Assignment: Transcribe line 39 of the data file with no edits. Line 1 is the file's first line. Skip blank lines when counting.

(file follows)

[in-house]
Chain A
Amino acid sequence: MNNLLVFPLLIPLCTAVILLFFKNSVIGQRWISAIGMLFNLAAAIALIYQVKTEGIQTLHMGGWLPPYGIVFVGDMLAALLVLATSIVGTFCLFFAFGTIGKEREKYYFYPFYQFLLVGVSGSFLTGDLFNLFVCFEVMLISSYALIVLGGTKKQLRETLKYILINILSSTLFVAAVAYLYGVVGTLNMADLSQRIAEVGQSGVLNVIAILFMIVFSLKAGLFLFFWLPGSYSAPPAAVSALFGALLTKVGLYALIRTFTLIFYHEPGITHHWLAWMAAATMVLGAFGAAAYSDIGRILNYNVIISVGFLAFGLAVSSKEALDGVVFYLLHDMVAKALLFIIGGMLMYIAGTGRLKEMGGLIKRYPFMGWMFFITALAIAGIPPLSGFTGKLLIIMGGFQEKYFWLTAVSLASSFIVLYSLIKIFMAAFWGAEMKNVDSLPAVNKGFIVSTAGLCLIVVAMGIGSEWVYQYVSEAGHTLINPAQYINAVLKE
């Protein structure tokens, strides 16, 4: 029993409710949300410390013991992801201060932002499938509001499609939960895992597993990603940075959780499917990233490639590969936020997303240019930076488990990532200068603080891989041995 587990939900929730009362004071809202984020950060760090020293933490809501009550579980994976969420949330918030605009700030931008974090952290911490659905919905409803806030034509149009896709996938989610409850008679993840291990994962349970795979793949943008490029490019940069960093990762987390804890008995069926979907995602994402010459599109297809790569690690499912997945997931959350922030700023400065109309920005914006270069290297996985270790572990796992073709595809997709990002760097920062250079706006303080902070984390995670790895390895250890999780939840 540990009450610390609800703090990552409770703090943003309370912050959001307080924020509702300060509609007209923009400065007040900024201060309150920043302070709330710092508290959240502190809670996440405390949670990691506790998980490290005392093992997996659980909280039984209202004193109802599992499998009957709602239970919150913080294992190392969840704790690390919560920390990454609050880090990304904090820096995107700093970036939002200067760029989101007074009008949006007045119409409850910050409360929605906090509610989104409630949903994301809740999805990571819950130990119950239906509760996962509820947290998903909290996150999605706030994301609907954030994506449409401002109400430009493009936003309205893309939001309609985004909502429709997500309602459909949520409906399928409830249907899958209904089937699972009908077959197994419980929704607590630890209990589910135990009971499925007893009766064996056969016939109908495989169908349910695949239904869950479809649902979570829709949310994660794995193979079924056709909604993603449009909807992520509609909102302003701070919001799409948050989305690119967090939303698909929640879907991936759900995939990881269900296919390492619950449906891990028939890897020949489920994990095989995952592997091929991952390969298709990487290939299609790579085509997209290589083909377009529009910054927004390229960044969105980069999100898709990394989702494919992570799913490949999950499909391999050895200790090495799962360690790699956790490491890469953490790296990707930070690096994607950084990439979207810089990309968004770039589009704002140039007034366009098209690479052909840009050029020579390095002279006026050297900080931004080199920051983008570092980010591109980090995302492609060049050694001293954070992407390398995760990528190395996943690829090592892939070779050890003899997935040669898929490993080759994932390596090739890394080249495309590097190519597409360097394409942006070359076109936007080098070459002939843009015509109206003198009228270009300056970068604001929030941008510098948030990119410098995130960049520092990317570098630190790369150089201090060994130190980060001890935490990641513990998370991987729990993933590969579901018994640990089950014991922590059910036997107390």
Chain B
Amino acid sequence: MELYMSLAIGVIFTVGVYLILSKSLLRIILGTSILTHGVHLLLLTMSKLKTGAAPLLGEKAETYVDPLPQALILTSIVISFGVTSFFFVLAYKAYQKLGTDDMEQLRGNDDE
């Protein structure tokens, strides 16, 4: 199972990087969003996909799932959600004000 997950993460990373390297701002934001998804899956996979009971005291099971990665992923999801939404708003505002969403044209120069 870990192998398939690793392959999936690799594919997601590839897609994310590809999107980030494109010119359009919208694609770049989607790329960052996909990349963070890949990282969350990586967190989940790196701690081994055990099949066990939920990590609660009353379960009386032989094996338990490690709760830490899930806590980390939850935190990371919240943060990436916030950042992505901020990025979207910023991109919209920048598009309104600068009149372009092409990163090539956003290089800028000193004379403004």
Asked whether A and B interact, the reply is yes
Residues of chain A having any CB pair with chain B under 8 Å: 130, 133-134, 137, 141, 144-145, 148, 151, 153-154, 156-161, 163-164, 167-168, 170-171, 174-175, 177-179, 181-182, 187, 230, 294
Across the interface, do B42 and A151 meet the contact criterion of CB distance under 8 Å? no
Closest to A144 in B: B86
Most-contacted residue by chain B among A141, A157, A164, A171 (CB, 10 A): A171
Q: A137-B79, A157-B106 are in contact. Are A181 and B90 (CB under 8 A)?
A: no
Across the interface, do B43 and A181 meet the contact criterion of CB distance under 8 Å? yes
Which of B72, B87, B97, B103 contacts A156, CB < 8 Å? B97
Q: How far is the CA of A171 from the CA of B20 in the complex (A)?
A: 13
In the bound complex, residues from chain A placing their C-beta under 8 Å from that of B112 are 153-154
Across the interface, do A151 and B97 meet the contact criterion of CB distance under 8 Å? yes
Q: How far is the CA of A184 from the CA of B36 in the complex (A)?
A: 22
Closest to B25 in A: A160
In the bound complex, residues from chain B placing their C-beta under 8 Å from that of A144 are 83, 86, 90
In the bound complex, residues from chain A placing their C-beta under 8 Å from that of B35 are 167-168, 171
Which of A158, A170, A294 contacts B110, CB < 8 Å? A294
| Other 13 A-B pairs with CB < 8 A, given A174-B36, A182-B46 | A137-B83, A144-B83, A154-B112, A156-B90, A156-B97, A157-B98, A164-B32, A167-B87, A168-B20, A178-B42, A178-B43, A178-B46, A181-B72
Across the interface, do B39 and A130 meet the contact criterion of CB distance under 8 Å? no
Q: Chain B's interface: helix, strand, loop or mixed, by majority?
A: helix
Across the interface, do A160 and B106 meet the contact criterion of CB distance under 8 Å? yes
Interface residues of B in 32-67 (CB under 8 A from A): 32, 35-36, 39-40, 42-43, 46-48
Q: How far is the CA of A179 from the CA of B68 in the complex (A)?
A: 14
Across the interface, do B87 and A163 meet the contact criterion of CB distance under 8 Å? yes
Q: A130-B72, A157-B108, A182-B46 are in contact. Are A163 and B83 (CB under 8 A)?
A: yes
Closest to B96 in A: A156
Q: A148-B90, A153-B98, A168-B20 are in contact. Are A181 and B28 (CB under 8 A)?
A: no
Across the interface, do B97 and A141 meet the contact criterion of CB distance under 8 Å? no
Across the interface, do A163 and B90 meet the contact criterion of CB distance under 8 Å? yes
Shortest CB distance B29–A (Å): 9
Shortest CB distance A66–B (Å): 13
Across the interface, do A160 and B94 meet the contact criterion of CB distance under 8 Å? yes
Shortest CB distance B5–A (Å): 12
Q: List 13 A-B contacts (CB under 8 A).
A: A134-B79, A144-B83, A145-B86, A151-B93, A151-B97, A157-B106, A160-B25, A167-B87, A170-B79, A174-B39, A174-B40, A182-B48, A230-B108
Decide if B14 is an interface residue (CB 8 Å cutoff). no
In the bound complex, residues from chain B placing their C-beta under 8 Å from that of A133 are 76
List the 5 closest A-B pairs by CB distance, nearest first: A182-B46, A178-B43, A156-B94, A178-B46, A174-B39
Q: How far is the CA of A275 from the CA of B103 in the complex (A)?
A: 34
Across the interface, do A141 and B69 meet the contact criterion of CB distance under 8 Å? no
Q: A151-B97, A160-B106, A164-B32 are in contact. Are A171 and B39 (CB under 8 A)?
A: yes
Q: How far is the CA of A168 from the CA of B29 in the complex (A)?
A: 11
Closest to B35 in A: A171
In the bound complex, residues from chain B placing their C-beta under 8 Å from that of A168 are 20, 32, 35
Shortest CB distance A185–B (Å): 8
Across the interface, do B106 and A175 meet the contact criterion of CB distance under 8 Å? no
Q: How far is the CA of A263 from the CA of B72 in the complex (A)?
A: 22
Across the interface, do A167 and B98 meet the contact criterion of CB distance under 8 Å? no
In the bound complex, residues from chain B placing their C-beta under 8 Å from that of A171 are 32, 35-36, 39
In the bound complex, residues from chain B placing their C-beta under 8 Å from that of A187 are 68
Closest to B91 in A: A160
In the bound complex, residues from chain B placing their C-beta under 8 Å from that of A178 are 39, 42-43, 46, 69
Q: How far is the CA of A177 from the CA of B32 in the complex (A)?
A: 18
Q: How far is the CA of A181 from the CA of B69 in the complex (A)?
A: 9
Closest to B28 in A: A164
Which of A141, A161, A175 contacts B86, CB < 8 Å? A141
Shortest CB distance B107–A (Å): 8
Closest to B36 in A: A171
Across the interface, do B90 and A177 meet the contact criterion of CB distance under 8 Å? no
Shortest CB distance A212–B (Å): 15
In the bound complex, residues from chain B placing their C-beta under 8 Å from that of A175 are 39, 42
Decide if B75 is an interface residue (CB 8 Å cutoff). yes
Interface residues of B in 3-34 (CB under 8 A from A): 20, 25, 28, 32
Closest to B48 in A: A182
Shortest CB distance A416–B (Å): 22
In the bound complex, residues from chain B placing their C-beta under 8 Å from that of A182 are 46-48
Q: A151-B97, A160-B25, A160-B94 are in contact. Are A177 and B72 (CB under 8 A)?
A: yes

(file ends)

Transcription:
Q: A148-B90, A153-B98, A168-B20 are in contact. Are A181 and B28 (CB under 8 A)?